Friday, October 30, 2009


As I was thinking about having heard my nephew sing "Woodstock" in an "American Rock" performance in Seattle last Sunday, these later lyrics by Joni Mitchell came to me.

"All we ever wanted was just to come in from the cold."

Tuesday, October 27, 2009


Sometime between 1954 and 1956, which was the year that I turned 7 years old, I was playing quietly in the living room of my family's rented home in Taft, California. The television was on, but I wasn't paying attention to it until I heard a powerful voice that moved my young heart and soul. I looked up, and there was Mahalia Jackson on the small black-and-white screen. Unforgettable.

"It is easy to be independent when you've got money. But to be independent when you haven't got a thing -- that's the Lord's test."
(Mahalia Jackson)

Monday, October 26, 2009


Yesterday afternoon I drove to Seattle to hear my 16-year-old (almost 17-year-old) nephew sing in a Vocalpoint! Seattle performance at the Broadway Performance Hall at Broadway and Pine. Imagine how moving it was to hear him sing "Woodstock" with the Crosby, Stills, Nash, Young, Taylor, Reeves musical accompaniment, with three other young men doing back-up vocals. My nephew's voice is strong and expressive. In another song I didn't recognize, he sang solo while everyone else from Vocalpoint! Seattle danced behind him. I understand that there will be a DVD of the performance. Maybe it will show up on YouTube!

Saturday, October 24, 2009


Brian Bowers sings this song on his CD titled "Bristlecone Pine." He refers to John Spillane in the liner notes. Keep listening until John Spillane sings (1:20).

Friday, October 23, 2009

42 years: a book of changes

About a month ago, I had a limited edition of 25 copies of my book of art and poetry printed up. A few days ago, Bellingham's independent bookstore, Village Books, took three of my books on consignment, with a retail price of $14.95 per copy. I will not be making a profit on this limited edition but do want to make it available for those who are interested. For those readers who would like to purchase a copy and who live in the United States or Canada, try calling Village Books at 1-800-392-BOOK and asking for:

42 years: a book of changes
(by Amanda Wald Rachie)

If that doesn't work, email me at:

For those who don't live in the United States or Canada, email me if you'd like to buy a copy.

Thursday, October 22, 2009


"... We are at the end of the beginning, the hard work starts now ..."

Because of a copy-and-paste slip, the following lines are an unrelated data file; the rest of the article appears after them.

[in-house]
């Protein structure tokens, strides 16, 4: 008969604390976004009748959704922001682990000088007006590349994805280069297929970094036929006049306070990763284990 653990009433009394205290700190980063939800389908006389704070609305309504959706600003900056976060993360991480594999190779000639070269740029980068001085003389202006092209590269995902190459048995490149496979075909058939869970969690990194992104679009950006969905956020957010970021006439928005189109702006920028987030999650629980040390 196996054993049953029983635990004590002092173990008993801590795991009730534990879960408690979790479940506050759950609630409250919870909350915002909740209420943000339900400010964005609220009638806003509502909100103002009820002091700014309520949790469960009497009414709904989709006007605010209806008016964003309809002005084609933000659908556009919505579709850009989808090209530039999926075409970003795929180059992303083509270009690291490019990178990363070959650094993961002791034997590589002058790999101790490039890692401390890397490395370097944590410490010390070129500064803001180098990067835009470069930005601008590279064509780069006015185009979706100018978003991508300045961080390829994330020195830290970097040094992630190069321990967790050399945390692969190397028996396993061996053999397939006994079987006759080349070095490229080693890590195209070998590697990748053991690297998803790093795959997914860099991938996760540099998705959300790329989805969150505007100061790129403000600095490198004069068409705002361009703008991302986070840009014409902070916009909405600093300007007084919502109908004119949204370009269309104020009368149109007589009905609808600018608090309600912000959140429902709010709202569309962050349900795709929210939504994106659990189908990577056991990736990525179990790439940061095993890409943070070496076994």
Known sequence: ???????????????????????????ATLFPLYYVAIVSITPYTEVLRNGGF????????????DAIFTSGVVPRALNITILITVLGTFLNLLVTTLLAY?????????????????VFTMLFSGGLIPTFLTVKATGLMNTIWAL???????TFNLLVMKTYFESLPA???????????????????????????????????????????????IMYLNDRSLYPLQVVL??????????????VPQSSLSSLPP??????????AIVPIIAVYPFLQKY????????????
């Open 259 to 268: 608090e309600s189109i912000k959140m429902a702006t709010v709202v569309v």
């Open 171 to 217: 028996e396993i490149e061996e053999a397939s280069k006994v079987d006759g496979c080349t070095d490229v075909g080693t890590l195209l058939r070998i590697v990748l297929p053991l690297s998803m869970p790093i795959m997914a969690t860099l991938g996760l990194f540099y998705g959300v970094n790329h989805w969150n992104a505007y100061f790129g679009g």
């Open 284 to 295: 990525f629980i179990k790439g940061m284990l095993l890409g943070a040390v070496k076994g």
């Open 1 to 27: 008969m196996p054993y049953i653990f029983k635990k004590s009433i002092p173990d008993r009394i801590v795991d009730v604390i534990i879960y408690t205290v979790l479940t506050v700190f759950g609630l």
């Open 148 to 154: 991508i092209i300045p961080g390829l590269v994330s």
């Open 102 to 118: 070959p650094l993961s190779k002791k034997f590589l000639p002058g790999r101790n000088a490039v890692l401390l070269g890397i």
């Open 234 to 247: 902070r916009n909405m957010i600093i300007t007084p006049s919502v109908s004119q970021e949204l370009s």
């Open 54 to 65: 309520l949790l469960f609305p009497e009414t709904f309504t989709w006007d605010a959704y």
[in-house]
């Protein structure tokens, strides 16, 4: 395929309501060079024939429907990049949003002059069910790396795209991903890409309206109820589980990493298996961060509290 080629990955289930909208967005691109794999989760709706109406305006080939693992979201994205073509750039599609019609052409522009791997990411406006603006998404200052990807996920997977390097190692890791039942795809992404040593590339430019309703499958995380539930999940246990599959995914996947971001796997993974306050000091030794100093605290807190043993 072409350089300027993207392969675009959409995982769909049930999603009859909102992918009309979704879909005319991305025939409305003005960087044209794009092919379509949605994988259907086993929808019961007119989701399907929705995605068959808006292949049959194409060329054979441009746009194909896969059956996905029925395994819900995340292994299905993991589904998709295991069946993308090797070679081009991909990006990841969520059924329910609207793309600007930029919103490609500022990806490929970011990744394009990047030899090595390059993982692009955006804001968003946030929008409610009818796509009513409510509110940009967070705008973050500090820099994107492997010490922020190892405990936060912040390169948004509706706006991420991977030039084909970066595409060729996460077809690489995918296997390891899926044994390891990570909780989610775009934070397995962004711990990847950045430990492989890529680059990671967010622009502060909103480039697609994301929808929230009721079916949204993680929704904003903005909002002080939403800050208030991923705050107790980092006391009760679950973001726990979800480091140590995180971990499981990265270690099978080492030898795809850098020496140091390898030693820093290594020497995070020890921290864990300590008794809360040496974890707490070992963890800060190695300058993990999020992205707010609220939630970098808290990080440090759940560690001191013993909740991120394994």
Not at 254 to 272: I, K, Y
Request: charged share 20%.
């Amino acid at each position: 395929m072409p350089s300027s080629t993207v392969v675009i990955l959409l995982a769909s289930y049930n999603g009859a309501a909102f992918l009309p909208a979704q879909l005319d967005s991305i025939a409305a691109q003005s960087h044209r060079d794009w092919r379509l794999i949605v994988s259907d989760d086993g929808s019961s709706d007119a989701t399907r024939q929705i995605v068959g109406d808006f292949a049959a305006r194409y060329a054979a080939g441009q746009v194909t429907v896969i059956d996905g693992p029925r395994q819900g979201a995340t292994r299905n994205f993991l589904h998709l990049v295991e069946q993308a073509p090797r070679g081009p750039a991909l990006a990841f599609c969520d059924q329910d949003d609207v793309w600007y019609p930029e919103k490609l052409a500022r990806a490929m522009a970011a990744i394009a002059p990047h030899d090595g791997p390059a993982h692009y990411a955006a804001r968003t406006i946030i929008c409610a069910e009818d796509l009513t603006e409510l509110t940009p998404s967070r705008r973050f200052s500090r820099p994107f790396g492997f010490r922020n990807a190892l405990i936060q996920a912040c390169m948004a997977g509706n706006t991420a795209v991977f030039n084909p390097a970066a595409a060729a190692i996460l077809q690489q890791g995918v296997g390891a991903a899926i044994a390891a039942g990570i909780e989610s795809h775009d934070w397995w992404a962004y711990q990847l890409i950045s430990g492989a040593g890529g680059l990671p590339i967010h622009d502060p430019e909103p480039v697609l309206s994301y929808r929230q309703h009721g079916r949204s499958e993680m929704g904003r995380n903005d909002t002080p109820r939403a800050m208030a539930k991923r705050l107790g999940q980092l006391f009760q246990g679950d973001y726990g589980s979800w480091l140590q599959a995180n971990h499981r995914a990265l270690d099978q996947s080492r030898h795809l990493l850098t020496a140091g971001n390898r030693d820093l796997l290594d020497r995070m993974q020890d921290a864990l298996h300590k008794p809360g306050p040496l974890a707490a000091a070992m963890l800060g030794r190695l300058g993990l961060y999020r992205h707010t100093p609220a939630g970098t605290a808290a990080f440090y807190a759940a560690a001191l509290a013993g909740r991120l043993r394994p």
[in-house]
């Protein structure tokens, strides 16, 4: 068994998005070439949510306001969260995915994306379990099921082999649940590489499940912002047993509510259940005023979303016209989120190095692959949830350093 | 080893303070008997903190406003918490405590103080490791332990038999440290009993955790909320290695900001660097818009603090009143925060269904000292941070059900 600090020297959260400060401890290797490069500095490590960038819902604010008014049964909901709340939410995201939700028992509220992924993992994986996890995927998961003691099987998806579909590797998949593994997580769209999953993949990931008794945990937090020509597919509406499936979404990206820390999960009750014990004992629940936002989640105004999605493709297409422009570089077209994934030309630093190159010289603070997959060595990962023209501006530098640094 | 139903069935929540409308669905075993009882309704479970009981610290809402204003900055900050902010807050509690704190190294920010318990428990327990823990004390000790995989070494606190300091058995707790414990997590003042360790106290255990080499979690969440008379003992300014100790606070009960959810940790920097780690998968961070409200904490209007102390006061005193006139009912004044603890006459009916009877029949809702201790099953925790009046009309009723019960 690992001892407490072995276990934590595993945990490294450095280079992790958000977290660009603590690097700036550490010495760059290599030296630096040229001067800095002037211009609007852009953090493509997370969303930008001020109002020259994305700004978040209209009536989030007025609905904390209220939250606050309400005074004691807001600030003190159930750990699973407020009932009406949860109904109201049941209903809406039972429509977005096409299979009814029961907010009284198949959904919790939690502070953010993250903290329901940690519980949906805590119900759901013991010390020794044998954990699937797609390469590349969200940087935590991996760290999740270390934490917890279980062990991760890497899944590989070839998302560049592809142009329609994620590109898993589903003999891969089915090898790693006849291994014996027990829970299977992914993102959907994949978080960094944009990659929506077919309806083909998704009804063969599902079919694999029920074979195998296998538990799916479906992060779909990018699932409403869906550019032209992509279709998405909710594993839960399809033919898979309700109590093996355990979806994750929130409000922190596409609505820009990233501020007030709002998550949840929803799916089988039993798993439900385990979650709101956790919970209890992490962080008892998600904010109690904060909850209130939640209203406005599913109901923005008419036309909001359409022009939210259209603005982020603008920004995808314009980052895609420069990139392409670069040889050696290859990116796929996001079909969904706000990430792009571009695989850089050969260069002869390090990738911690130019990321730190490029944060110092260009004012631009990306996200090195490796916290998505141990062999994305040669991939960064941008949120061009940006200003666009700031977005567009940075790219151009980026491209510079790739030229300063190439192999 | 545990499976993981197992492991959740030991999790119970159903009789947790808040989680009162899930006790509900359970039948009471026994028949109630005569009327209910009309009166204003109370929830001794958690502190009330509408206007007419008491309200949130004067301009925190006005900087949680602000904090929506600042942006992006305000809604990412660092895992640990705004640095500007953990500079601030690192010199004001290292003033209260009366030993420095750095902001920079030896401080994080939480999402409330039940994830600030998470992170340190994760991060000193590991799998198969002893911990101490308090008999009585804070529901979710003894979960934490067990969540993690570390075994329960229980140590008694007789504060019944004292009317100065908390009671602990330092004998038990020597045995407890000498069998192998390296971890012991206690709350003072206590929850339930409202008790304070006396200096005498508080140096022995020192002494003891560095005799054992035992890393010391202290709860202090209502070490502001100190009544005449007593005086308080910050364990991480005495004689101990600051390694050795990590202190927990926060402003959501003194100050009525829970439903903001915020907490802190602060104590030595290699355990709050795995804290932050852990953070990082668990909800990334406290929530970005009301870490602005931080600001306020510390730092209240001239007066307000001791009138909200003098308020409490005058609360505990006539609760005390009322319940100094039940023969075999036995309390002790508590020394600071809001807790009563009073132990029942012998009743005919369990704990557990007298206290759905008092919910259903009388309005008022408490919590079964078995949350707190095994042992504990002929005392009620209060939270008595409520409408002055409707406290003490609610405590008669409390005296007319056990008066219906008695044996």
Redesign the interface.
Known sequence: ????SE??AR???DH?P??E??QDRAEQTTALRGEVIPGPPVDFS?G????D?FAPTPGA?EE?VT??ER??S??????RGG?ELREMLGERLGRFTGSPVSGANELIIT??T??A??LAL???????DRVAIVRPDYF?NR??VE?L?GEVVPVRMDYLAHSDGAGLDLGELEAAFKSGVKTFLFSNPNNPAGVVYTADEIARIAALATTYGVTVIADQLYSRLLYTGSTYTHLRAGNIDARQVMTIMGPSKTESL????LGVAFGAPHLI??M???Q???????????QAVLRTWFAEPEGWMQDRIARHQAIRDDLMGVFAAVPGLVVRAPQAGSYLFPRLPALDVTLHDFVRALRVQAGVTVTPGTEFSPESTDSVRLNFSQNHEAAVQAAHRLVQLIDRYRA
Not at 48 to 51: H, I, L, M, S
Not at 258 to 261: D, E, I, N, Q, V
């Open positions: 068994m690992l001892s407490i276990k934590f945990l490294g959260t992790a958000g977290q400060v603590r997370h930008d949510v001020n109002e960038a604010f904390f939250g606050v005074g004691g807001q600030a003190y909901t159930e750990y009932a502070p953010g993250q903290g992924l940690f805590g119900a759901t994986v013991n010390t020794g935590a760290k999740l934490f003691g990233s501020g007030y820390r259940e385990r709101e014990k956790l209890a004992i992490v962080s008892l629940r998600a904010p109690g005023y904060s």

(from President Obama's speech on October 20, 2009)

"An' here I sit so patiently
Waiting to find out what price
You have to pay to get out of
Going through all these things twice

Oh, Mama, can this really be the end
To be stuck inside of Mobile
With the Memphis blues again"

(Bob Dylan)


"What science finds to be nonexistent, we must accept as nonexistent, but what science merely does not find is a completely different matter.

... It is quite clear that there are many, many, mysterious things."

(Dalai Lama)


"Om, Mama, can this really be the end?"
(Margaret Hibbing aka Oboe)

Monday, October 19, 2009


Watch and listen to this song from 1965 by Bob Dylan, as he sung it about a year ago. The lyrics are here.

Bob Dylan's recently released "Christmas in the Heart" CD opens with "Here Comes Santa Claus" and closes with these words from "O Little Town of Bethlehem":

How silently, how silently
The wondrous gift is given!
So God imparts to human hearts
The blessings of His heaven.
No ear may hear His coming,
But in this world of sin,
Where meek souls will receive him still,
The dear Christ enters in.

Reinhold Niebuhr said, "Humor is a prelude to faith and
Laughter is the beginning of prayer."

I laughed when I heard Bob Dylan singing "Here Comes Santa Claus" and laughed at various places throughout the CD. He is funny, and he knows it. He is also apparently a man of unconventional faith. The CD alternates between popular Christmas songs (many of which I have never liked, even in childhood, because they depressed me -- I still can smell alcohol on their breath and they make me wary of adults) and traditional Christmas hymms and ends with Bob Dylan singing a solemn "Amen," as is done at the end of prayers in Jewish, Christian and Islamic tradition.